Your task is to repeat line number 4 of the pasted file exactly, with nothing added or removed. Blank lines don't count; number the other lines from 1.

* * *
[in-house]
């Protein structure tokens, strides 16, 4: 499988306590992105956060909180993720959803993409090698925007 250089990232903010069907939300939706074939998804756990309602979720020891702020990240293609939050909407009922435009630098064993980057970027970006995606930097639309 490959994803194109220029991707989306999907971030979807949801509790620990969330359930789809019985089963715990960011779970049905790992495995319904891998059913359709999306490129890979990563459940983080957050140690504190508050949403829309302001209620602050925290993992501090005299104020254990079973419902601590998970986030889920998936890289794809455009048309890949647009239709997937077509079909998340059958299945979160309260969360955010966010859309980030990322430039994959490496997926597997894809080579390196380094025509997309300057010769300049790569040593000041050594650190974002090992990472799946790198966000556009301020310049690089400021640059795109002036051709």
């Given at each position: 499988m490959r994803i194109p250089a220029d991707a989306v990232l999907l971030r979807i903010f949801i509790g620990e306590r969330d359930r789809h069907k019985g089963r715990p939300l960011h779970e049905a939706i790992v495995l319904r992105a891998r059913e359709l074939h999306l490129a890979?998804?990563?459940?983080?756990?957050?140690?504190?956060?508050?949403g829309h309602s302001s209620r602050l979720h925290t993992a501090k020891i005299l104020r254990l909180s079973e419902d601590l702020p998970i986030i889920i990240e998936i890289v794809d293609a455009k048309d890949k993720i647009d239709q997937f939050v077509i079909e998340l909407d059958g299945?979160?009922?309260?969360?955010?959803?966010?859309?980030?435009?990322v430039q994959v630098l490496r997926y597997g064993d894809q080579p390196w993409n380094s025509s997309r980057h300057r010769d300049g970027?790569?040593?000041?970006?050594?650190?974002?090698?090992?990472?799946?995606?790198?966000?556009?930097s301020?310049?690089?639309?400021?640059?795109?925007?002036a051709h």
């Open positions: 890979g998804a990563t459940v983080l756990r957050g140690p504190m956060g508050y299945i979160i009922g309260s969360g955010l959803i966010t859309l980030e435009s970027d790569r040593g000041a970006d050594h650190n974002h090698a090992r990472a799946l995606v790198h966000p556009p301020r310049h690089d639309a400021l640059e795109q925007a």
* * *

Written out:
């Open positions: 890979g998804a990563t459940v983080l756990r957050g140690p504190m956060g508050y299945i979160i009922g309260s969360g955010l959803i966010t859309l980030e435009s970027d790569r040593g000041a970006d050594h650190n974002h090698a090992r990472a799946l995606v790198h966000p556009p301020r310049h690089d639309a400021l640059e795109q925007a």